On the point made that was made by the hon. Member for Cardiff South and Penarth, a telephone conversation took place last week between the First Minister and the Chancellor of the Exchequer; I am afraid that I cannot find the relevant part of my speech, but I know that that phone call happened. During that discussion, the First Minister indicated that he would bring forward this lockdown and indicated the date that it would start, and he asked for the financial support that the hon. Gentleman refers to. He was told very clearly that the Chancellor’s new scheme would apply on a certain date, and the Chancellor implored the First Minister not to bring in the lockdown on the dates proposed. The point is that the Chancellor and the First Minister had that discussion and knew each other’s position. The First Minister still decided to go forward with that lockdown, and therefore it is the First Minister’s responsibility to come forward with the proposals to support affected businesses in Wales.
I suppose there is one thing that we all agree on: a lockdown has an enormous impact on business. There is absolutely no doubt about that. It will cause people to lose their jobs and businesses to close—it will leave people worse off. We all agree on that, which is why we are arguing, to some extent, over how much money we can find to support those businesses. If we all accept that, we need to be careful before we introduce lockdowns.
The hon. Member for Cardiff North mentioned the science. The Government are following the science of people such as the deputy chief medical officer, Jonathan Van-Tam, who said—today, I think, or certainly earlier this week—that local lockdowns are working and are likely to be effective. The World Health Organisation said that lockdowns can be effective but should be used as a last resort. The Government have to take account of the fact that although a lockdown can temporarily suppress the number of people going into hospital, it will also have the impact that we all know about on people’s jobs and livelihoods.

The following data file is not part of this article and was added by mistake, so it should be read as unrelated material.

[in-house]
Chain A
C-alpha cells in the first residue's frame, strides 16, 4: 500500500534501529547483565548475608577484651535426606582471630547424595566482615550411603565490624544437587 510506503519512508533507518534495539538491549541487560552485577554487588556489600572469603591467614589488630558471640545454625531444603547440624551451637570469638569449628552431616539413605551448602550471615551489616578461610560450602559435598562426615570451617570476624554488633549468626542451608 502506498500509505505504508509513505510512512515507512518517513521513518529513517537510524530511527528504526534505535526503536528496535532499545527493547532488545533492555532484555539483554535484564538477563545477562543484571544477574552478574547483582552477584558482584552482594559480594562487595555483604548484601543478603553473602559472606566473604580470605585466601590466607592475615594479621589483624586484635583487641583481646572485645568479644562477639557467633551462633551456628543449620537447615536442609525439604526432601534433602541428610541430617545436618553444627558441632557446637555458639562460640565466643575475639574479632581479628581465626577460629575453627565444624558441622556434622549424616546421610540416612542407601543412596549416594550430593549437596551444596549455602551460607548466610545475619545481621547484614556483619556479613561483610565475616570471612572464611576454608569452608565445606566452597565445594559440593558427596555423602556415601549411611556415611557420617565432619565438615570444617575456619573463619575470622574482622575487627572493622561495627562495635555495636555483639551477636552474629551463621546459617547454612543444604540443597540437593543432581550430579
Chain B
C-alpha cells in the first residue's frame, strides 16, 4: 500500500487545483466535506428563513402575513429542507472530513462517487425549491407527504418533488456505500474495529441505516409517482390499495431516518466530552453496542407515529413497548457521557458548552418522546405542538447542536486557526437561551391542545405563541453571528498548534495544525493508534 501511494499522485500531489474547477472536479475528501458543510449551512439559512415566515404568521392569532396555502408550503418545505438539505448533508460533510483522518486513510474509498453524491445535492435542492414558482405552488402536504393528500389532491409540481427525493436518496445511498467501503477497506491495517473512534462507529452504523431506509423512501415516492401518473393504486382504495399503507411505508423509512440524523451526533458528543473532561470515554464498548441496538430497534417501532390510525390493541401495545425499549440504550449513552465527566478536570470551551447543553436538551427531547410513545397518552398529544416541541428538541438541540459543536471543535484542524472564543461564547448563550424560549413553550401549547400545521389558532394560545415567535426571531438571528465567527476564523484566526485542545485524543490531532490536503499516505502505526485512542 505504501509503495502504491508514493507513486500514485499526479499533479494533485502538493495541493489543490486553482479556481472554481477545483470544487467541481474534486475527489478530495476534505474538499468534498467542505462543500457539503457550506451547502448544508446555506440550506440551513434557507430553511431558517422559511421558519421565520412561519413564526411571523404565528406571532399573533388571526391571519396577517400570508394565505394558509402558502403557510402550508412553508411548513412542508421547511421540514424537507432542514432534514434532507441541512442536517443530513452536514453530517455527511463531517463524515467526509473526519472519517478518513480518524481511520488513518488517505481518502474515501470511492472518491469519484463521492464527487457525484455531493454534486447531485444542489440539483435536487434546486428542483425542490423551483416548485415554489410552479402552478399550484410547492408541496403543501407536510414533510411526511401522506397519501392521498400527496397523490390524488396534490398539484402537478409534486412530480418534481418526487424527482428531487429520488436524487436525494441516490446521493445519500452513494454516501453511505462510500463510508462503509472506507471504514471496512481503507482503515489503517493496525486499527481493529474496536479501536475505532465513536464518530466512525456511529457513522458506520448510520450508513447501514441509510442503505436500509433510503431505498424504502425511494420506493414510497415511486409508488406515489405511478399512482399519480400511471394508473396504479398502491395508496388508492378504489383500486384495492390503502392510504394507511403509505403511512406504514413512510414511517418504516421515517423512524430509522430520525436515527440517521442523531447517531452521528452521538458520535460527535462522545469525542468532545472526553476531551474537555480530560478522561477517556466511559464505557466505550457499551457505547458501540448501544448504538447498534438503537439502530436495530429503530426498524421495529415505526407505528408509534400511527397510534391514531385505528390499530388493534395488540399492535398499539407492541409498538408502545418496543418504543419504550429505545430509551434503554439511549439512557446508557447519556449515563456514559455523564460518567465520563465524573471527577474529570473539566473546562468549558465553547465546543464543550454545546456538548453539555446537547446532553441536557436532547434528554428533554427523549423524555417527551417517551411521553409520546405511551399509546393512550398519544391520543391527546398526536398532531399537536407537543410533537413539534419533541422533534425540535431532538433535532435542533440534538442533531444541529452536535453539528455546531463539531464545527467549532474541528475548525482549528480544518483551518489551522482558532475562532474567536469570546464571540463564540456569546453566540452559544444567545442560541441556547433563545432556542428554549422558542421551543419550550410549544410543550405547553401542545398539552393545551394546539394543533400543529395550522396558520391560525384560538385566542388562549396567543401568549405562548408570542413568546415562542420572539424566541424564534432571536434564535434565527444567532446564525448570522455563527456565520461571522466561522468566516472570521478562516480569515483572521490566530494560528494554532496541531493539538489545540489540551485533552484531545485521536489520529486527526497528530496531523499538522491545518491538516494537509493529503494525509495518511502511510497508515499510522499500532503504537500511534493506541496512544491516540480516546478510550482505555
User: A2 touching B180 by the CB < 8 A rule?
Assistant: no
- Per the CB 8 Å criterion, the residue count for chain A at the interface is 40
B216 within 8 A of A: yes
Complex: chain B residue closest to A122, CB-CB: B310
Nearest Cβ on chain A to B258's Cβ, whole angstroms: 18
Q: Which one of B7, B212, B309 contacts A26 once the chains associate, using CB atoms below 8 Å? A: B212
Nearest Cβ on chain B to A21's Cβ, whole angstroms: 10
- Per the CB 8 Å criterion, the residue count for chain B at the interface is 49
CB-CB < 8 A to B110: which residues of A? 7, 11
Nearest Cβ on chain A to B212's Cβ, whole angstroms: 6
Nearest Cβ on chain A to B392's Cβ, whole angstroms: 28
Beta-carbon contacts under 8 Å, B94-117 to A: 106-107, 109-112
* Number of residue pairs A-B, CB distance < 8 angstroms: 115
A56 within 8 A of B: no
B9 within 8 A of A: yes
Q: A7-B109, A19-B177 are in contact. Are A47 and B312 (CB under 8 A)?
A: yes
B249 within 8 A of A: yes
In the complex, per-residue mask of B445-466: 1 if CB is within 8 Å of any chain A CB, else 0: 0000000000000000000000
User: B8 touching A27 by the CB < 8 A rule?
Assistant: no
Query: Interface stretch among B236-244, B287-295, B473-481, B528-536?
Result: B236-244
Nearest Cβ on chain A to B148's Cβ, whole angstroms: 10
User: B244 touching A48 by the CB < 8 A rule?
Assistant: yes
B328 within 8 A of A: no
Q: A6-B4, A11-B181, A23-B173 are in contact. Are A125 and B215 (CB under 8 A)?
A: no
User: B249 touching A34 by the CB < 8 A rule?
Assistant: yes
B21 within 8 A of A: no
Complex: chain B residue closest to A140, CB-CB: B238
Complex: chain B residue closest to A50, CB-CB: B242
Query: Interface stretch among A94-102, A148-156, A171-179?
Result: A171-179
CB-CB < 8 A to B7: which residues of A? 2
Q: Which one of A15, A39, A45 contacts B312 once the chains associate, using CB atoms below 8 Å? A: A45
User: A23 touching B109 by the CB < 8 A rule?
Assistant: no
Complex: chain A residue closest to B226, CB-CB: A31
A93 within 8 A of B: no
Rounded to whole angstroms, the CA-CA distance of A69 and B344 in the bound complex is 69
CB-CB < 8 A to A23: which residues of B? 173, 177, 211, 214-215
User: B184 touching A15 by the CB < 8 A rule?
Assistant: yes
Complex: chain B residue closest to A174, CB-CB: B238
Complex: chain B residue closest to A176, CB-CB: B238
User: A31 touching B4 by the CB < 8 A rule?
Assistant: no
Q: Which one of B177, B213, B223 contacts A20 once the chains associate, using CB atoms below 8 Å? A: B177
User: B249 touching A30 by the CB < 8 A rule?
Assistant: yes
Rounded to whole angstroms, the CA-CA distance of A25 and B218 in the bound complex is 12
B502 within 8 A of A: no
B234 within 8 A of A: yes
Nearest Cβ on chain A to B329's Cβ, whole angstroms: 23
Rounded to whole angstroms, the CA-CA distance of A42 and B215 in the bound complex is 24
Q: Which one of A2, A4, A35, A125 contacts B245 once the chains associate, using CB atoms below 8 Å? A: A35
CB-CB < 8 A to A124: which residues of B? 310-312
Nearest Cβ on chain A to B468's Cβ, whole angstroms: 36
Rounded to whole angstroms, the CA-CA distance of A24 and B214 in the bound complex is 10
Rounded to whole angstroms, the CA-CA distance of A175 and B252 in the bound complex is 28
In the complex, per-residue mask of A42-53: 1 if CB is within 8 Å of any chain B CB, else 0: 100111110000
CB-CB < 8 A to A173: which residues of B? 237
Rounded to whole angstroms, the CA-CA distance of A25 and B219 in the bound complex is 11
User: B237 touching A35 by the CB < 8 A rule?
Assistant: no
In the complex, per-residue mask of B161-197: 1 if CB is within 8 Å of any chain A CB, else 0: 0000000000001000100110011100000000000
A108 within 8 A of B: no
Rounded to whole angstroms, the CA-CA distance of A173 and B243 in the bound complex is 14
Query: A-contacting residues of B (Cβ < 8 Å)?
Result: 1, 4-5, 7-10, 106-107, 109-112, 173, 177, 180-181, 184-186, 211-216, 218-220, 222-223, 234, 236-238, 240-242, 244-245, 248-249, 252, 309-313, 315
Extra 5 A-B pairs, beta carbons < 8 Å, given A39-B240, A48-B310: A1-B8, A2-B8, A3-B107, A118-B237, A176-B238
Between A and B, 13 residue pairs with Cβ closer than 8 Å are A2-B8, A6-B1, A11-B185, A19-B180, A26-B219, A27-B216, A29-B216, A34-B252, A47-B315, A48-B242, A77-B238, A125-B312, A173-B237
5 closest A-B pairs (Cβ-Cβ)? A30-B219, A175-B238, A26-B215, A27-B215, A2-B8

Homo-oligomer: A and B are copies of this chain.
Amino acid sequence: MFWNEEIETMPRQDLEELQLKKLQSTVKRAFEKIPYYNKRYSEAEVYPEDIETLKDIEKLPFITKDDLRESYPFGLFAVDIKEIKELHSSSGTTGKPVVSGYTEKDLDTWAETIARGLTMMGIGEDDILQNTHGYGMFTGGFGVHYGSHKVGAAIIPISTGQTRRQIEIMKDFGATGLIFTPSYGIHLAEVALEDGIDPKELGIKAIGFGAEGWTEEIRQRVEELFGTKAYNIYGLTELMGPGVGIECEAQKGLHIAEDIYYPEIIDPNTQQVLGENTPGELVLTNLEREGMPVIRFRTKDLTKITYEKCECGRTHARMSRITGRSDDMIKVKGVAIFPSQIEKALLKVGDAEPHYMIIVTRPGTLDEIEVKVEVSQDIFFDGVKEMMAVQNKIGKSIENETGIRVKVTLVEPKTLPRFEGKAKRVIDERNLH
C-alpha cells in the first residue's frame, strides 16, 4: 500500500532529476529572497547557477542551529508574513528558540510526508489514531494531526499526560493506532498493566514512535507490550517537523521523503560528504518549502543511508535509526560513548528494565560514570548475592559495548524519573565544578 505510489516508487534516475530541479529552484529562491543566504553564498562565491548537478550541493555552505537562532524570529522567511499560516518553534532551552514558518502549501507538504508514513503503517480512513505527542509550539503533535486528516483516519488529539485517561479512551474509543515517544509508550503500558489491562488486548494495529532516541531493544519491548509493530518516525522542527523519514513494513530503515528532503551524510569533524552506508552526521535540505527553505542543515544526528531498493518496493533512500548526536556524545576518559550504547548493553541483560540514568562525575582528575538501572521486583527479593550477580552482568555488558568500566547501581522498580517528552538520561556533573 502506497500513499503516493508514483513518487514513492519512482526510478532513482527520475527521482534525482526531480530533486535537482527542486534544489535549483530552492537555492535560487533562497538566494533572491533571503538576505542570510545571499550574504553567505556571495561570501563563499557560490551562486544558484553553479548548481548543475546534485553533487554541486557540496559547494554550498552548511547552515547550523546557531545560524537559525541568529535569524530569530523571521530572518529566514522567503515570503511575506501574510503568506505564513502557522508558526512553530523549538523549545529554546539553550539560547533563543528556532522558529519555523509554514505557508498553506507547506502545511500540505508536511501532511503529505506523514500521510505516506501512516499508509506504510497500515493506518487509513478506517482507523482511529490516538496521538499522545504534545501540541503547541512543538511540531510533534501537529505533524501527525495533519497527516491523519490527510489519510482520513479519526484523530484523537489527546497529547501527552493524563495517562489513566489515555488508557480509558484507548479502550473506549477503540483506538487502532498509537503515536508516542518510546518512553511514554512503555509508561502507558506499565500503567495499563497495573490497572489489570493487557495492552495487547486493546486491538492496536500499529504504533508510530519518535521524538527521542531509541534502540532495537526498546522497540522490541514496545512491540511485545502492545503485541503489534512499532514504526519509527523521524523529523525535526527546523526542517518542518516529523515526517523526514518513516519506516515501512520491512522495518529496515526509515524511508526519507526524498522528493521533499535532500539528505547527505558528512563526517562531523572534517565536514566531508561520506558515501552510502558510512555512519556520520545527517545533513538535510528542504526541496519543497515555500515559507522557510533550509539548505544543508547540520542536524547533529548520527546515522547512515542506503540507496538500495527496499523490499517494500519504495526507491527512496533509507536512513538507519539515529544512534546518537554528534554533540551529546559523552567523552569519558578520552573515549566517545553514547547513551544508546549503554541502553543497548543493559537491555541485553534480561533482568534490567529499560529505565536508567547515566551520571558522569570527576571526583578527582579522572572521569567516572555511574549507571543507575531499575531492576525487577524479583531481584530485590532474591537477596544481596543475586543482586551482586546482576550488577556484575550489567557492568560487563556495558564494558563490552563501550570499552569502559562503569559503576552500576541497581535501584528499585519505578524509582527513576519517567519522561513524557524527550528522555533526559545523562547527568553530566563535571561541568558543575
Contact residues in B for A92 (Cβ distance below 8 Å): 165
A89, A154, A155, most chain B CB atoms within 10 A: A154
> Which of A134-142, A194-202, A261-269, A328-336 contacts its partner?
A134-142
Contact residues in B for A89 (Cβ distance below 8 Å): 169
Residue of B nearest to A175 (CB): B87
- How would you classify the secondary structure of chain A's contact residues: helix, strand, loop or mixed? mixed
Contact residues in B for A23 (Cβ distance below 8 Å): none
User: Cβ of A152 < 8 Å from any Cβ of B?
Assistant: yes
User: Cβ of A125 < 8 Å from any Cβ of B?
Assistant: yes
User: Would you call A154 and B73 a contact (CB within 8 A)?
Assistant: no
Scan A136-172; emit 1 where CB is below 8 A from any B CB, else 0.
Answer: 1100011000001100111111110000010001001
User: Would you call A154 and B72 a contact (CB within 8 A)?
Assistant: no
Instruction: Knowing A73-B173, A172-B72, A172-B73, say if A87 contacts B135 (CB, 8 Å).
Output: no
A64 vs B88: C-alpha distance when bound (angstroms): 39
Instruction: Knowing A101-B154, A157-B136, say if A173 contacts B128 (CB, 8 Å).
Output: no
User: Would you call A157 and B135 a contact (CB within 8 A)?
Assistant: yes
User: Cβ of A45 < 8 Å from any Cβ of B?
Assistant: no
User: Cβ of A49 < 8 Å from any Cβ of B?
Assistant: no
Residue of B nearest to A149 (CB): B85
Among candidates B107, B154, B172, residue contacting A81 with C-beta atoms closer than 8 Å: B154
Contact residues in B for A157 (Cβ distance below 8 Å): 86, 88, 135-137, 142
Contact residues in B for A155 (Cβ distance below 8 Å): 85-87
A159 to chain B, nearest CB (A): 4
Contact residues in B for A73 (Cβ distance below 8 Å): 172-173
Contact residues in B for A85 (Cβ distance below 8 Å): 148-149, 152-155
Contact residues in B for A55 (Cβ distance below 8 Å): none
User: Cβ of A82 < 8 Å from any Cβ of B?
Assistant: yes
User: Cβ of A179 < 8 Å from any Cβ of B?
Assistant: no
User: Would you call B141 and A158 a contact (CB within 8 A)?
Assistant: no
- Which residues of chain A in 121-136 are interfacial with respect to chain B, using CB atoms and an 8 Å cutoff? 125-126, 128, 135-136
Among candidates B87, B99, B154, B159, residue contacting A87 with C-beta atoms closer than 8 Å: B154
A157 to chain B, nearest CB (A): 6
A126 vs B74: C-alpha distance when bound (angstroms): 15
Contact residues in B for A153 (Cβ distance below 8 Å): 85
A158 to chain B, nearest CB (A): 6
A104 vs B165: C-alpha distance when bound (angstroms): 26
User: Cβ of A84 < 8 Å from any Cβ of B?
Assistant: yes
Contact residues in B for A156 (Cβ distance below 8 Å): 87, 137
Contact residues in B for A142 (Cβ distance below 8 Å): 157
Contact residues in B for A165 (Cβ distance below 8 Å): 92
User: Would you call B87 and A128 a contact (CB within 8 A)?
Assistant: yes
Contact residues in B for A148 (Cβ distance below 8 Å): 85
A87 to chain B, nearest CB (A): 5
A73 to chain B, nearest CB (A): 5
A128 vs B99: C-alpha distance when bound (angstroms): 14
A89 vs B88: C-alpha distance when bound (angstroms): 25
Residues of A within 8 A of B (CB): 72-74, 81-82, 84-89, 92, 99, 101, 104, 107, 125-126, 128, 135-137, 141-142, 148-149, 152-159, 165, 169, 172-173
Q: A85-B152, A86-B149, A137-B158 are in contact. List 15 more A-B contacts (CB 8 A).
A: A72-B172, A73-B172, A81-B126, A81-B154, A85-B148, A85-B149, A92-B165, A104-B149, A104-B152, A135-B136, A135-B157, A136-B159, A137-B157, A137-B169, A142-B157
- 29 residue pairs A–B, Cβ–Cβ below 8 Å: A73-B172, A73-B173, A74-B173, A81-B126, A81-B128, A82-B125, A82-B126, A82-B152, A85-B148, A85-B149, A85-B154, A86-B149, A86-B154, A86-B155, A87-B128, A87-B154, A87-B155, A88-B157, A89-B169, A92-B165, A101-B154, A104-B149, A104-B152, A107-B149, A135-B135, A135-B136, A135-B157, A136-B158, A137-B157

In the long term, the inability to diagnose patients with things such as cancer will ultimately have an impact on lives. I was talking recently to a senior, established dentist in south Wales, who told me about the number of referrals each year for oral cancer, which are first discovered by dentists. Because so many dentists are now not operating, or are not operating the same service, fewer people are going to see the dentist. Therefore, fewer people are being referred for oral cancer consultations, and at some point in the future a number of people will lose their lives because of an undiagnosed form of cancer. That is absolutely inevitable; it is just not going to generate a headline.
A responsible Government must take account not only of what is going on here and now in the NHS with covid, but of what will happen in the longer term when people lose their jobs, or when they are not diagnosed as early as they should be for diseases such as cancer. It is a very difficult tightrope to walk. I do not envy anyone in the Department of Health or in No. 10, and I do not envy Mr Gething or Mr Drakeford; they both have a very difficult job to do and I do not doubt that they are doing their utmost. I certainly am not going to play politics or suggest that, because they are taking a slightly different course of action from that of the UK Government, they are doing something dangerous. However, we have a right to question what all of the Governments are doing.